Time: Nearly 20% Of Soldiers In Iraq, Afghanistan On Anti-Depressants

Time: Seven months after Sergeant Christopher LeJeune started scouting Baghdad's dangerous roads — acting as bait to lure insurgents into the ope

Time:

Seven months after Sergeant Christopher LeJeune started scouting Baghdad's dangerous roads — acting as bait to lure insurgents into the open so his Army unit could kill them — he found himself growing increasingly despondent. "We'd been doing some heavy missions, and things were starting to bother me," LeJeune says. His unit had been protecting Iraqi police stations targeted by rocket-propelled grenades, hunting down mortars hidden in dark Baghdad basements and cleaning up its own messes. He recalls the order his unit got after a nighttime firefight to roll back out and collect the enemy dead. When LeJeune and his buddies arrived, they discovered that some of the bodies were still alive. "You don't always know who the bad guys are," he says. "When you search someone's house, you have it built up in your mind that these guys are terrorists, but when you go in, there's little bitty tiny shoes and toys on the floor — things like that started affecting me a lot more than I thought they would."

While the headline-grabbing weapons in this war have been high-tech wonders, like unmanned drones that drop Hellfire missiles on the enemy below, troops like LeJeune are going into battle with a different kind of weapon, one so stealthy that few Americans even know of its deployment. For the first time in history, a sizable and growing number of U.S. combat troops are taking daily doses of antidepressants to calm nerves strained by repeated and lengthy tours in Iraq and Afghanistan. Read on...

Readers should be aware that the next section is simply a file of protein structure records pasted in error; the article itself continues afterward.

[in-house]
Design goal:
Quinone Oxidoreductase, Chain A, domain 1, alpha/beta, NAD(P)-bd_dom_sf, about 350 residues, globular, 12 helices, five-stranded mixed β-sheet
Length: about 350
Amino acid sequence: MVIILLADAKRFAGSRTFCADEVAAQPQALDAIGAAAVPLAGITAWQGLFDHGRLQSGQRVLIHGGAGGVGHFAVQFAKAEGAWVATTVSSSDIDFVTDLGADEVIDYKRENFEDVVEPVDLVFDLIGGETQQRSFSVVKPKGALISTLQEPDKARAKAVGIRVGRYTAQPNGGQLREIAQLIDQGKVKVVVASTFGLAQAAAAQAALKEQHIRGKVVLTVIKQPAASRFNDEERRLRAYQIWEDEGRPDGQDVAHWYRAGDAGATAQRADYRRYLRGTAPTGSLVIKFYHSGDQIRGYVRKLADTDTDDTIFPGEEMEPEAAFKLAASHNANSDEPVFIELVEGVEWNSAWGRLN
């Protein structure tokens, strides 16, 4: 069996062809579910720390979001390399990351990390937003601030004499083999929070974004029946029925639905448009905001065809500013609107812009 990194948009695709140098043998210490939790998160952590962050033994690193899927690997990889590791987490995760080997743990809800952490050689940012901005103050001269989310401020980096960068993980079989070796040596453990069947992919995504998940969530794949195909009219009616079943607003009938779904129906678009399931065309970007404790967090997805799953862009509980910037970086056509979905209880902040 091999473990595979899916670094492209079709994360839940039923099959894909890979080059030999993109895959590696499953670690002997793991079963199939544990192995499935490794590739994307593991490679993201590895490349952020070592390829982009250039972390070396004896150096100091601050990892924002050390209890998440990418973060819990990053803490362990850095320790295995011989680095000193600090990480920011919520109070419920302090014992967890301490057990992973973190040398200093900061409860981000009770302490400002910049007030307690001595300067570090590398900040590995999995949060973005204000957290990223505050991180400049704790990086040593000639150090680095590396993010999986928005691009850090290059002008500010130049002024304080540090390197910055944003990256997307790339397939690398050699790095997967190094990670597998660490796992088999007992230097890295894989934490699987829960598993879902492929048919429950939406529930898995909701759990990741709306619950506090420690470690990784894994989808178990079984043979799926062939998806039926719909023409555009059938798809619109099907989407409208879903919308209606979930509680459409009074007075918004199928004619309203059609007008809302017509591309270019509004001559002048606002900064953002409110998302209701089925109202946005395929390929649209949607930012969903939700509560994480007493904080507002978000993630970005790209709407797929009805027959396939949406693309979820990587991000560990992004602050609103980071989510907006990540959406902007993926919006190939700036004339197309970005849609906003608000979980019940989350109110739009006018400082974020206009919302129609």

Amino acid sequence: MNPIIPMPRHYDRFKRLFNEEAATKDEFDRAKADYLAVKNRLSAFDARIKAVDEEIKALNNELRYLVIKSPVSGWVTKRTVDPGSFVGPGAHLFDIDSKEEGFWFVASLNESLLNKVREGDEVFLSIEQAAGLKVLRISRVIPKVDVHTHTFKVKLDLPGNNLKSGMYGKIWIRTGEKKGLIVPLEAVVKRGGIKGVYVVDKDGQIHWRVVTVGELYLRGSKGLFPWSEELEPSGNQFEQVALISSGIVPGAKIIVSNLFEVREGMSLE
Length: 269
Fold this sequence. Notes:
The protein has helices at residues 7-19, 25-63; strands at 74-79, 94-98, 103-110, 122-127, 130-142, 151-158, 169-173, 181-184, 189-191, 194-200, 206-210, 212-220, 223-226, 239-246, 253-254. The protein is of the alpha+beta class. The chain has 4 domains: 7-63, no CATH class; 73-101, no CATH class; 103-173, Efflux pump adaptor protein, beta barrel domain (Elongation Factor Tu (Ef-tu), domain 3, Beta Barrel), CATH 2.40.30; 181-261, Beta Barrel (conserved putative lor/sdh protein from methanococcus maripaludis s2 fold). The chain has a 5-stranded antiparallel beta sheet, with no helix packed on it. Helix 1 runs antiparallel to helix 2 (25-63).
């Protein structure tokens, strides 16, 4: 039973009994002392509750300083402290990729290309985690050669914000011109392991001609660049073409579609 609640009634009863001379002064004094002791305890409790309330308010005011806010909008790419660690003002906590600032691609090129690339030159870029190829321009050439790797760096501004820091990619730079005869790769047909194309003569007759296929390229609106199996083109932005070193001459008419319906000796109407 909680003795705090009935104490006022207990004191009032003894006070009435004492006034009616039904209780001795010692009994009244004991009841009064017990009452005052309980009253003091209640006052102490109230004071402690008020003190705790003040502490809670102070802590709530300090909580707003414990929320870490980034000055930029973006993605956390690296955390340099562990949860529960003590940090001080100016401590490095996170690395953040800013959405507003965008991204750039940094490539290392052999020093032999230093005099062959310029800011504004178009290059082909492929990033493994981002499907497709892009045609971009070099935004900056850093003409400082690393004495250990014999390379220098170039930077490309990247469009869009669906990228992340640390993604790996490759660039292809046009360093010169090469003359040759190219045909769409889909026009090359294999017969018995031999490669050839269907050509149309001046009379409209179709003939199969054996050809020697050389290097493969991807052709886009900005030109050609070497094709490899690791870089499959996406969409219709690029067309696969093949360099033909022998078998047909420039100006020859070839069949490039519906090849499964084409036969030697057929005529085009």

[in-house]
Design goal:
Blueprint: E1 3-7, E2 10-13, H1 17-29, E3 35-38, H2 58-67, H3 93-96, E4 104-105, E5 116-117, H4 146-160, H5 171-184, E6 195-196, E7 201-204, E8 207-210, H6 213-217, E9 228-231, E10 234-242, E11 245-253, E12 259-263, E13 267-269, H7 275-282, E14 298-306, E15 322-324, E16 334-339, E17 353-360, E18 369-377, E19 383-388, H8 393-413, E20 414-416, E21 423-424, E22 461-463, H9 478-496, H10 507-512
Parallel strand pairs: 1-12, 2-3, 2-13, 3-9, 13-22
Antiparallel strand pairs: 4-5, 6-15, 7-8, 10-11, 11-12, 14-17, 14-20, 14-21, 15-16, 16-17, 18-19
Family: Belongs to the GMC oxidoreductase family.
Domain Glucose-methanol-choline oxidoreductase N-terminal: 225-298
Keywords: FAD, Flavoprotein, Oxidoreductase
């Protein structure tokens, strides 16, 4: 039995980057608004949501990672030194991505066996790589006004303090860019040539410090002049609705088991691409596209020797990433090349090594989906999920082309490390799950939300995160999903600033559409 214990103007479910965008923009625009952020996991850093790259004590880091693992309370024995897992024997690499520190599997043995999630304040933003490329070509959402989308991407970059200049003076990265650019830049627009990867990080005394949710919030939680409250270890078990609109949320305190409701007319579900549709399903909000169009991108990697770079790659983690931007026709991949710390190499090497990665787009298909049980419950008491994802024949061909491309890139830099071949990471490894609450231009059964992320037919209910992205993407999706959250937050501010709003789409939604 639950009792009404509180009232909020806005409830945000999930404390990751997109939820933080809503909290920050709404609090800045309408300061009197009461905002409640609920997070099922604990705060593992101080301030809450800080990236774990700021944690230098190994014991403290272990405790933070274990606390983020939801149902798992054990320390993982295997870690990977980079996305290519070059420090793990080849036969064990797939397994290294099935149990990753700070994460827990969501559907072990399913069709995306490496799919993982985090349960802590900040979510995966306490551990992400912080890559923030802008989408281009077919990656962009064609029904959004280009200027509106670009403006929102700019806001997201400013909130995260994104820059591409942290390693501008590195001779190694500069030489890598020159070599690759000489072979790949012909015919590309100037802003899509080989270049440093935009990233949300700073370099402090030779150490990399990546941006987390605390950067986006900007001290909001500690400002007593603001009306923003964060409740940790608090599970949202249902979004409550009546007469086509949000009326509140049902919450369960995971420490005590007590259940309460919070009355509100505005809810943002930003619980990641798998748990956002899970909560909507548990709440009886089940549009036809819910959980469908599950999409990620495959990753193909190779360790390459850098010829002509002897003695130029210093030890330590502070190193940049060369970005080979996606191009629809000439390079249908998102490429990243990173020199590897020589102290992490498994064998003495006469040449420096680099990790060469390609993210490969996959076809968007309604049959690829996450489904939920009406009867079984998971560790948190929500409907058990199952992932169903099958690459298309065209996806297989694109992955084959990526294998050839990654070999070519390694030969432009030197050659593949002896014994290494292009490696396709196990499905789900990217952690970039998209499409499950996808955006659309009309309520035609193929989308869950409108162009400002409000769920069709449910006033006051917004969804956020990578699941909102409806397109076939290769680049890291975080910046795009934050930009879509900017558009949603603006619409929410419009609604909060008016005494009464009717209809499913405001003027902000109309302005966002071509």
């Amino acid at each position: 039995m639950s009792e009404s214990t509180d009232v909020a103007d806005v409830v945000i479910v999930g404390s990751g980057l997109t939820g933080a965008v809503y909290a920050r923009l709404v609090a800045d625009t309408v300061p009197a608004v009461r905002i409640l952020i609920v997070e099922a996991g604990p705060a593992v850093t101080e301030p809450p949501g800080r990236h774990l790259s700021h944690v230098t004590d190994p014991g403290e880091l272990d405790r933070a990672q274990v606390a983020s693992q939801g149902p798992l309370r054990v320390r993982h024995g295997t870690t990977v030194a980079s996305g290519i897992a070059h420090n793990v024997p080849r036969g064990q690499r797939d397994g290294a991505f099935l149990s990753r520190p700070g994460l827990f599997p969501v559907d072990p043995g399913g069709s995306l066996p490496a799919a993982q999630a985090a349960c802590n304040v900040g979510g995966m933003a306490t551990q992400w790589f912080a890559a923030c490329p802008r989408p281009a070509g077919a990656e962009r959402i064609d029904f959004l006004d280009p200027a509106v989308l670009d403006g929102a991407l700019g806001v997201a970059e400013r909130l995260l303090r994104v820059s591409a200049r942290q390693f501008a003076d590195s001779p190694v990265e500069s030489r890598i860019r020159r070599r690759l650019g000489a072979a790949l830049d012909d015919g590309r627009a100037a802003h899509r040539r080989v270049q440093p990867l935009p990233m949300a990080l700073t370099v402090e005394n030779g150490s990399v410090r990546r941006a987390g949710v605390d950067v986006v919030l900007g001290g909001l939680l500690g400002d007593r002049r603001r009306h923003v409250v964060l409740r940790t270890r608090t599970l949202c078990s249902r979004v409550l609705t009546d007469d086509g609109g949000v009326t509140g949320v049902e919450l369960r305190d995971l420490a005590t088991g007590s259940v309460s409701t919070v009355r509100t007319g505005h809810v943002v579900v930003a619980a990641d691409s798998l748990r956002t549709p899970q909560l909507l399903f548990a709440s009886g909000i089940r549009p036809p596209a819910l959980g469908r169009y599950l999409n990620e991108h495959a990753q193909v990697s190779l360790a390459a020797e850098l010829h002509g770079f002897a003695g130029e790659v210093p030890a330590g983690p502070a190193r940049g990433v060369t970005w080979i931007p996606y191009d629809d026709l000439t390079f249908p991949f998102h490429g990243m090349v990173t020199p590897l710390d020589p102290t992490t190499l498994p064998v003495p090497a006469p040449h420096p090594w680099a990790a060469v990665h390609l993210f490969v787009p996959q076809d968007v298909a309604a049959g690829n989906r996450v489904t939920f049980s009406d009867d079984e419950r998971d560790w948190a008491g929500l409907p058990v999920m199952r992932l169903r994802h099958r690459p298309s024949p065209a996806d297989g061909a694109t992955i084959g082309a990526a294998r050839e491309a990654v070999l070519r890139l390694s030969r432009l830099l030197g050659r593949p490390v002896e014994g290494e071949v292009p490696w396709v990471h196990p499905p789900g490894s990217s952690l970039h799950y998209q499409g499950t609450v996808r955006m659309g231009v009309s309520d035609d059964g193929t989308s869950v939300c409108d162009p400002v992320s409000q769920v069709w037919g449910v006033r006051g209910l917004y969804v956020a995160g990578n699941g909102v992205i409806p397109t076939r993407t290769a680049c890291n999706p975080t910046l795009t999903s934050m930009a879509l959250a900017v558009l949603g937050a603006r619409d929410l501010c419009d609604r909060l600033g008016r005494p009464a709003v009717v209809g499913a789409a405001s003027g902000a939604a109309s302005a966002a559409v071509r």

With so many soldiers and marines being sent on multiple tours of duty in such hellish conditions, this comes as no surprise. Military suicide rates are at a twenty year high, and it's clear that we've only seen the beginning of what is shaping up to be another generation of veterans who will suffer a lifetime of mental and physical anguish, who are forced to beg their country for help. John McCain says he hates war, but his actions don't match his words. Vote Obama in November...


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